Westminster Attack Sees NFUS Ministerial Meetings on Brexit Postponed

Evidence to Scottish Committee earlier in the day outlines Scottish industry’s Brexit needs

The attack at Westminster this afternoon (22 March) saw the necessary postponement of a high-level meeting between NFU Scotland and three UK Government Ministers to discuss Scottish agriculture’s Brexit priorities.

With one week to go until the historic triggering of Article 50, NFUS was to have attended a unique meeting with three senior UK Government Ministers – with trade, labour requirements and agricultural support at the top of the agenda.  

Because of the worrying events at Parliament, the meeting with Secretary of State for Environment, Food and Rural Affairs, Andrea Leadsom MP; Secretary of State for Scotland, David Mundell MP; and Minister of State for Exiting the EU, David Jones MP will be rescheduled.  The NFUS delegation of President Andrew McCornick; Vice President Gary Mitchell and Parliamentary Officer Clare Slipper were in Westminster Underground Station at the time of the incident and are now returning safely home.

Earlier today, NFU Scotland’s Director of Policy, Jonnie Hall, had called for profitability for Scotland’s farmers and crofters to be the focus of the upcoming Brexit negotiations when he gave evidence to the Rural Economy and Connectivity Committee in the Scottish Parliament.  That evidence session was part of that committee’s inquiry on the implications of Brexit for agriculture and forestry in Scotland.  

Speaking from London, NFU Scotland President Andrew McCornick said: “It is a sad and worrying incident and thoughts must be with the victims of this attack, and their families.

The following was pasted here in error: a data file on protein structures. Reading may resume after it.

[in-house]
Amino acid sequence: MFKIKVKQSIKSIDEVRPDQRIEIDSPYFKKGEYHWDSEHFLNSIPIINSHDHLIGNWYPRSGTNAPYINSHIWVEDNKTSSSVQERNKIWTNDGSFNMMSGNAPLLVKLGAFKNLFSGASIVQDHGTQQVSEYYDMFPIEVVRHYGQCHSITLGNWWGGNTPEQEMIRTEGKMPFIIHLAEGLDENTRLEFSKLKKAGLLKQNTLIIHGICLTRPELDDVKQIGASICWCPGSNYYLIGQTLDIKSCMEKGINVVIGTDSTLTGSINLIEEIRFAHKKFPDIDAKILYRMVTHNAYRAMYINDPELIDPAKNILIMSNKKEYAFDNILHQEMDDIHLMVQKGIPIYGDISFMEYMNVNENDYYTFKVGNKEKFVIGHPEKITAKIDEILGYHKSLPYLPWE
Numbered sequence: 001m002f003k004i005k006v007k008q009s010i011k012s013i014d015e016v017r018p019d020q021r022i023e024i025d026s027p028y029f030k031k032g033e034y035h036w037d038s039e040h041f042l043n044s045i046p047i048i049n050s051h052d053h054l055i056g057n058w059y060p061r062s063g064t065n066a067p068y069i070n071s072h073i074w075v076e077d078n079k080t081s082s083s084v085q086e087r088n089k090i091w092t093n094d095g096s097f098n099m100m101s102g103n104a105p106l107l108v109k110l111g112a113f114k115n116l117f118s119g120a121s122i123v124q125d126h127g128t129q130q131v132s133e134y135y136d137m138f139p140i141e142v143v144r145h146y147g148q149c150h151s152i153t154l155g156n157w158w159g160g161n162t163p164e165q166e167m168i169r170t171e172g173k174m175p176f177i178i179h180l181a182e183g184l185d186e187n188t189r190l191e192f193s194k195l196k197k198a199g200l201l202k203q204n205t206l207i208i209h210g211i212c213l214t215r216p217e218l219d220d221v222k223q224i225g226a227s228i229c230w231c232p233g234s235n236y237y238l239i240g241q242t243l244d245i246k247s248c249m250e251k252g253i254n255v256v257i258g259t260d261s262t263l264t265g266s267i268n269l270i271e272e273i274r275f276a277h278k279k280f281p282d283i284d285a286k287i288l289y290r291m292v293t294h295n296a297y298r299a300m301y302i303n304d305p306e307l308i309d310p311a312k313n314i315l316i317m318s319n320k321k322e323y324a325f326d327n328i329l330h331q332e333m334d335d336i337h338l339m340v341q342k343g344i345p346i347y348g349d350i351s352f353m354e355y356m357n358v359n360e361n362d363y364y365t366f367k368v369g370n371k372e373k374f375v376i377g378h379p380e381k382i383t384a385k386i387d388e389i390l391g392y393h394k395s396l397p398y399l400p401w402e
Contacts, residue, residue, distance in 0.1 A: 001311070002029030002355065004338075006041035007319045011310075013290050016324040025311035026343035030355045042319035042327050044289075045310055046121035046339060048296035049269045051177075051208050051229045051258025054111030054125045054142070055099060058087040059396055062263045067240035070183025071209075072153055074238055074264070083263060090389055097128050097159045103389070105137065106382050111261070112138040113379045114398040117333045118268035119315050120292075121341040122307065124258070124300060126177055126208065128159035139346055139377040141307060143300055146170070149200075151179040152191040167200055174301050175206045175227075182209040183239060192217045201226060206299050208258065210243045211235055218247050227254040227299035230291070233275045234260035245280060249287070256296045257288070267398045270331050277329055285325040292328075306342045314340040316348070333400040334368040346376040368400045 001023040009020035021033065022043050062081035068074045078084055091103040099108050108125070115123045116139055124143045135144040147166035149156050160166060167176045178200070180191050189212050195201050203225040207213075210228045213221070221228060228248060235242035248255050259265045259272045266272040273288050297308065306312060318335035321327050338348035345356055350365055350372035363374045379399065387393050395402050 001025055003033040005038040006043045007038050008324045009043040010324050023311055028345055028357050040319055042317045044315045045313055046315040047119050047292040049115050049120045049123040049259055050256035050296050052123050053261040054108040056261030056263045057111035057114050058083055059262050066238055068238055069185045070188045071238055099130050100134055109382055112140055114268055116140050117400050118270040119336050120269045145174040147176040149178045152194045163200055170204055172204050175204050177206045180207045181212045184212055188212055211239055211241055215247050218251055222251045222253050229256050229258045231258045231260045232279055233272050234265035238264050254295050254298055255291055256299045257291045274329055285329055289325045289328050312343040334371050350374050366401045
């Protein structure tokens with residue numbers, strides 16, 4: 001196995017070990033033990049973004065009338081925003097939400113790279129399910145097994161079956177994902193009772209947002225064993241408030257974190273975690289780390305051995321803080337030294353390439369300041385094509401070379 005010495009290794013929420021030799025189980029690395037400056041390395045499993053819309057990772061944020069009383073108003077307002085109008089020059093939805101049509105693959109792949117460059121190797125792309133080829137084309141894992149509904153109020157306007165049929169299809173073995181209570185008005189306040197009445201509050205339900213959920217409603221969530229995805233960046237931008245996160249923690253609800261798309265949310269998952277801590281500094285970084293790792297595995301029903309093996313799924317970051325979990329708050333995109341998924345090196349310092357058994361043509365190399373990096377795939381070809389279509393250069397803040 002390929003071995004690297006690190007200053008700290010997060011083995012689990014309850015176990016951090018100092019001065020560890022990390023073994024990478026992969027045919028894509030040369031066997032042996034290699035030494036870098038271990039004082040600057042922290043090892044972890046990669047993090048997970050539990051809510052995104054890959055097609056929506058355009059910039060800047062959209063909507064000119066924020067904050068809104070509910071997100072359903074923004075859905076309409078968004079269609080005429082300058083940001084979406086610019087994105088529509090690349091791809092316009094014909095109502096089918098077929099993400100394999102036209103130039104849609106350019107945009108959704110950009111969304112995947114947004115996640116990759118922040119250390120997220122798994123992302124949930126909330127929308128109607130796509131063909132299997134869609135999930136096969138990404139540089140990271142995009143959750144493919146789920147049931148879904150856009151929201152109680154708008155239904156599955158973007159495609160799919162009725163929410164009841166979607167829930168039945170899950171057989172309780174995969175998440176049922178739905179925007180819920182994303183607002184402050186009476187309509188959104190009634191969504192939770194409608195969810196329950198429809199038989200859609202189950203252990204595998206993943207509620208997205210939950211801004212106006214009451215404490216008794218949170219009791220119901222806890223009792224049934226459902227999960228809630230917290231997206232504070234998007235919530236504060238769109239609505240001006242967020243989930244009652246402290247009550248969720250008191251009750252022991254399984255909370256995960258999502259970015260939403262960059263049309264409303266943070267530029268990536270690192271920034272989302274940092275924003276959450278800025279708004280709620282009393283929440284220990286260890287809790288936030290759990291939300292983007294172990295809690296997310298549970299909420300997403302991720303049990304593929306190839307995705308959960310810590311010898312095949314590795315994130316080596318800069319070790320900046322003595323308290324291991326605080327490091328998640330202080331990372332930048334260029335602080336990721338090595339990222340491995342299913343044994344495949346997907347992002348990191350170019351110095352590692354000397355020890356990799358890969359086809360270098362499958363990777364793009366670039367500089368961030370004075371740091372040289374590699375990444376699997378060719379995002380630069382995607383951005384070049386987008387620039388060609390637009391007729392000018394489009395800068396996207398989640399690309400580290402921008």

“Debate on Brexit can wait for another day.  We hope that all three Ministers will find diary space in the days ahead to sit down and give serious consideration to what Scotland’s farmers and crofters want from the Brexit negotiations.”

In giving evidence in the Scottish Parliament this morning, Director of Policy Jonnie Hall laid out what those priorities are.  Speaking afterwards, Mr Hall said: “Article 50 – the process which will trigger the UK’s exit from the EU – will be invoked in one week’s time, ending more than 40 years of agricultural policy and free trade.

“In the nine months since the EU referendum outcome, NFUS has built a positive case that will allow Scotland’s farmers and crofters to be supported outside of the EU – via continued free trade with the EU; new, ambitious international trade deals; access to a non-UK labour pool and a well-funded, refreshed agricultural policy that is fit for the needs of Scotland’s unique landscape and farming practices.

“However, substance and detail on what measures will be prioritised for the agricultural industry have been frustratingly sparse.  NFU Scotland will continued to press the importance of ensuring the Brexit deal works for Scottish farmers and crofters.
“The escalating disagreement between UK and Scottish governments on where agricultural policy post-Brexit will be developed must not deflect from that aim.  The needs of Scottish farmers and crofters must be put ahead of political posturing.

“To deliver certainty and stability in the future, it is inherent on both parliaments that a mechanism is found that will return at least the same quantum of funding to Scottish agriculture as we have secured as members of the EU, with the necessary devolved levers to allow an appropriate agricultural policy to be developed in Scotland.

“NFUS is crystal clear that any approach that drops a ‘Defra-centric’, one-size-fits-all policy on to the devolved nations would be unacceptable.

“Scotland should continue to determine its own agricultural policy and link together with the other parts of the United Kingdom on joint initiatives where appropriate.  The needs of England, Wales, Northern Ireland and Scotland are very different and must be recognised.”  


Contact Bob Carruth on 0131 472 4006

Author: Bob Carruth

Date Published:

News Article No.: 45/17

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About The Author

Bob Carruth

A dairy farmer’s son, I joined NFU Scotland in 1999 after 13 years as an agricultural journalist. Following spells as a regional manager and policy lead on milk, livestock and animal health and welfare, I became Communications Director in 2008.

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